However, while we were unable to detect phospho-Ser-2 CTD in rpb1-12xS2ACTD strains as one would predict, this observation was made moot since we were also unable to detect phospho-Ser-2 CTD in rpb1-12xCTD strains (Figure 3). We believe this to be due to technical limitations in our ability to detect phospho-Ser-2 CTD. In contrast to the signal obtained when using the phospho-Ser-5 specific antibody (which was readily detectable), signals obtained when utilizing the phospho-Ser-2 specific antibody were consistently only slightly above background. Thus, we believe that the reduction in the number of CTD repeats (from 30 to 12) may have reduced phospho-Ser-2 levels beyond our capability of detection.

To further examine the phenotypic consequences of the rpb1 mutations, we performed genetic crosses with cdc16-116 and cdc14-118 mutants. Interestingly, the rpb1-12xS2ACTD strain, unlike rpb1-12xCTD, was able to suppress the lethal multi-septate phenotype conferred by the cdc16-116 mutation (Figure 6C and D; Table 3). In addition the rpb1-12xS2ACTD mutant displayed synthetically lethal genetic interactions with ts mutations in the SIN component cdc14 at the semi-permissive temperature of 30°C (Figure S3, A and B, Table S1). Taken together, these results strongly suggest that the Lsk1p-Lsc1p complex promotes SIN function and thus actomyosin ring integrity by promoting Ser-2 phosphorylation of the heptad repeats found in the Rpb1p sub-unit of RNA pol II.

Table 3
Mean percentage of cells (±standard deviation) displaying the indicated number of septa five hours after shift from 24°C to 34°C (n = 3).

To further examine the effects of Ser-2 mutations, we proceeded to create an rpb1 strain bearing twelve copies of YEPTSPS heptads in order to mimic the constitutively phosphorylated state. Interestingly, when heterozygous diploid strains bearing the rpb1-12xS2ECTD mutations were sporulated, tetrads gave rise to only two viable spores that were phenotypically ura. When examined after 4 days growth at 32°C, the inviable progeny had germinated, but formed only microcolonies (Figure S4). Germination of spores on 1.2M sorbitol plates (which often rescues cell wall/morphogenetic defects) did not alleviate the observed lethality (data not shown). Thus, while the absence of phosphorylation on Ser-2 residues is non-essential for growth, mutations that mimic Ser-2 hyperphosphorylation, can not be tolerated in S. pombe.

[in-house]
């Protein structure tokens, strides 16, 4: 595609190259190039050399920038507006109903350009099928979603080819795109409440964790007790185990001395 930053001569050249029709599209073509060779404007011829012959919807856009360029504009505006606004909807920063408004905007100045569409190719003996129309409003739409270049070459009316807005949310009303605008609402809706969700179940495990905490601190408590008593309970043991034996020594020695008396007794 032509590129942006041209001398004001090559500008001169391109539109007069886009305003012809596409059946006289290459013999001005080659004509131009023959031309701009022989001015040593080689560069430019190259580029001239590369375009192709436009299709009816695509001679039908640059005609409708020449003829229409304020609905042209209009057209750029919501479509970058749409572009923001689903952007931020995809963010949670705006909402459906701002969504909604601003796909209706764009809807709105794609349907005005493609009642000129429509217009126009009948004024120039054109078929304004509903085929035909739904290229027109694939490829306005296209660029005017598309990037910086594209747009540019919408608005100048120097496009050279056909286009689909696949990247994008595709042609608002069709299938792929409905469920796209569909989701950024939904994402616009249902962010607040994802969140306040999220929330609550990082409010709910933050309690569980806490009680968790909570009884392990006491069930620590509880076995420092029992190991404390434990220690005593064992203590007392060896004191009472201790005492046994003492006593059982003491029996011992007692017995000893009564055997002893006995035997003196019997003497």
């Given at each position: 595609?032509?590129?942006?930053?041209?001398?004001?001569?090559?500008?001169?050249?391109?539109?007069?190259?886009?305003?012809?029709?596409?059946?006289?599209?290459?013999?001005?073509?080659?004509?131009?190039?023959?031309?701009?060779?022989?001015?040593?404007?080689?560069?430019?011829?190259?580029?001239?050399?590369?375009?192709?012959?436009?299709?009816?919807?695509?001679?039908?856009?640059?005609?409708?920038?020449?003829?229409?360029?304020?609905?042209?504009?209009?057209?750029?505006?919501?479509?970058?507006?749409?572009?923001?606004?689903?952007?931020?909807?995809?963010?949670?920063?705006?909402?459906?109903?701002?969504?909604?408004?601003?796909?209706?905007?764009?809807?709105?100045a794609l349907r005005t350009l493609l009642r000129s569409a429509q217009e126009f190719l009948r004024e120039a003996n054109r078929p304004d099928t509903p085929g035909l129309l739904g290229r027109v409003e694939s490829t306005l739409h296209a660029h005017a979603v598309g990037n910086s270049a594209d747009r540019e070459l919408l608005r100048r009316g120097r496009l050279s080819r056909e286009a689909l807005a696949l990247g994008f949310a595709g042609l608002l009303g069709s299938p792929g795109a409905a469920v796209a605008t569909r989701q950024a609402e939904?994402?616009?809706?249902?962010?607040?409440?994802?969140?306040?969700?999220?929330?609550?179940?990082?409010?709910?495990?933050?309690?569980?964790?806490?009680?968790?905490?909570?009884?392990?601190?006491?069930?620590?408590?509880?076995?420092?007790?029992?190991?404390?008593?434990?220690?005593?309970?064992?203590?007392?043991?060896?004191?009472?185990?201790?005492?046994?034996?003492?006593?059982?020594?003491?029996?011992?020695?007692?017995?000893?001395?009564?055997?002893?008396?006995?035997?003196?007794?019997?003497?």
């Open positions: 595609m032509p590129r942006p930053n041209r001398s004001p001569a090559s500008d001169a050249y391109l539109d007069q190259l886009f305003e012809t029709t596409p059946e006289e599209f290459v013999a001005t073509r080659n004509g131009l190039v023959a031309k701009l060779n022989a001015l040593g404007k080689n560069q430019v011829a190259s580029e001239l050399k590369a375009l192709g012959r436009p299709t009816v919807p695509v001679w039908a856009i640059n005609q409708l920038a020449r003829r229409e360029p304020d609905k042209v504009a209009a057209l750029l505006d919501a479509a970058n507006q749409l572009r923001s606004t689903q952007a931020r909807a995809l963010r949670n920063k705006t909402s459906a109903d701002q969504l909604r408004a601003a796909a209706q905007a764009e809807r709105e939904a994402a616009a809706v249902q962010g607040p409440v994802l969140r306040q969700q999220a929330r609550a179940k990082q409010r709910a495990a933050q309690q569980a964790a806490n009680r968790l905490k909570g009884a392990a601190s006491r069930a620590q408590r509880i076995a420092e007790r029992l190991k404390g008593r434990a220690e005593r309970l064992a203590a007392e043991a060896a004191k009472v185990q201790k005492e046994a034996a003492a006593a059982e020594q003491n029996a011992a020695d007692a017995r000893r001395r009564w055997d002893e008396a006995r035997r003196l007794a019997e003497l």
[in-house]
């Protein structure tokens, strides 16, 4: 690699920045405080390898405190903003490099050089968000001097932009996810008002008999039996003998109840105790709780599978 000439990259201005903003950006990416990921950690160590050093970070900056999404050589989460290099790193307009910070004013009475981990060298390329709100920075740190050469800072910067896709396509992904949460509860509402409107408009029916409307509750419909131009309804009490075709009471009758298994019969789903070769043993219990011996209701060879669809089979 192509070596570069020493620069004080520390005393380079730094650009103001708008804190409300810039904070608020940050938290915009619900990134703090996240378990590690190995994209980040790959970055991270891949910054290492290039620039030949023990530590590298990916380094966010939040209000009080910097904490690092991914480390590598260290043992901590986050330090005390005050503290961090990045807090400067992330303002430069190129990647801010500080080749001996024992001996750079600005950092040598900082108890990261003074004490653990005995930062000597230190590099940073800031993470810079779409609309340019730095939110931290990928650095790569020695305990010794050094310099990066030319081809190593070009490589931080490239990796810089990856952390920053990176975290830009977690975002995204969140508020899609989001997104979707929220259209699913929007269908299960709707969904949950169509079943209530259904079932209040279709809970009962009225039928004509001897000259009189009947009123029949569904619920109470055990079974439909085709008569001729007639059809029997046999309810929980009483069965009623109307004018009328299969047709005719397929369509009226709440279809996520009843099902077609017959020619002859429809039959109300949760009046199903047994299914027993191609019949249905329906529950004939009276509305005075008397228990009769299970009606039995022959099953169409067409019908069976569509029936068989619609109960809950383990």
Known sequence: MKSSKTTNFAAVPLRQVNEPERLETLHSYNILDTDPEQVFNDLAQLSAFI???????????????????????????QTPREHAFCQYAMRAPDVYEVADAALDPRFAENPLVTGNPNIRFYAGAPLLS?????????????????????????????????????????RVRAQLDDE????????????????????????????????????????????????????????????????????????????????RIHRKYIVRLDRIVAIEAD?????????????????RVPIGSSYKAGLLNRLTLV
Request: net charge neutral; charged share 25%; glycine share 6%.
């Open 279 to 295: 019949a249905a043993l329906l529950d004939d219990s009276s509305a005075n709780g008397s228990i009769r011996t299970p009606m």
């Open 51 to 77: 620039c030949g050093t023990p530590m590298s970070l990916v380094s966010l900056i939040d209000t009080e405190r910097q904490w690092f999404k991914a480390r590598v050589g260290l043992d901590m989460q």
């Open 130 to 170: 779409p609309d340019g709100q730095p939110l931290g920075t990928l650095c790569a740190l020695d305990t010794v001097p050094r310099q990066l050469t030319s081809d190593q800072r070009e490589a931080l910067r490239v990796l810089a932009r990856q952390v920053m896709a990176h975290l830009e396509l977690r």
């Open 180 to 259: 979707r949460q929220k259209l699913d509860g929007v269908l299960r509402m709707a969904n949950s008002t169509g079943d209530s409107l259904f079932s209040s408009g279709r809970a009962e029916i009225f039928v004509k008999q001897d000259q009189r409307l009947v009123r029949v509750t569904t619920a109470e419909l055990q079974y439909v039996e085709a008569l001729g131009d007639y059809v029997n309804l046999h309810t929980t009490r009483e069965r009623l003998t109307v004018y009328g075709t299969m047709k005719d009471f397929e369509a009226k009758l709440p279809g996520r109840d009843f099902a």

Discussion

Taken together these results support a model in which Lsk1p and Lsc1p form a cyclin dependent kinase complex that functions to promote cytokinesis through its role as a positive regulator of SIN signaling. The most surprising and intriguing aspect of this work is the mechanism by which the complex acts. Our phenotypic analysis of rpb1-12xCTD and rpb1-12S2ACTD strains suggests that lack of Lsk1p-Lsc1p dependent phosphorylation of Ser-2 residues located in the heptad repeats of Rpb1p is responsible for the cytokinesis phenotypes observed in the lsk1Δ and lsc1Δ mutants.

These results raise the intriguing possibility that alterations in CTD phosphorylation play a more specific and directed role in the regulation of discrete pathways than previously thought. Alternatively, the observed phenotypic effects may simply represent an indirect, and potentially random consequence of altering the core RNA pol II machinery. Two recent findings would seem to support the former interpretation.

First, work in S. pombe has clearly shown that alterations in CTD phosphorylation do not necessarily result in generalized effects on the overall level of transcription. In their recent work, Lee et al., [33] demonstrate that the reduction of Ser-5 phosphorylation (through mutation of the pmh1 or mcs6 genes) leads to the specific reduction of a sub-set of transcripts involved in the regulation of cell separation. Furthermore, the ts pmh1-26, and mcs6ts1 mutants die with a cell separation phenotype characteristic of mutants that are unable to fully degrade the septum after cytokinesis. Thus, this specific phenotype together with the specific effect on the transcription of a sub-set of genes, showsin principle that changes in CTD phosphorylation can result in selective alterations in transcription and phenotype.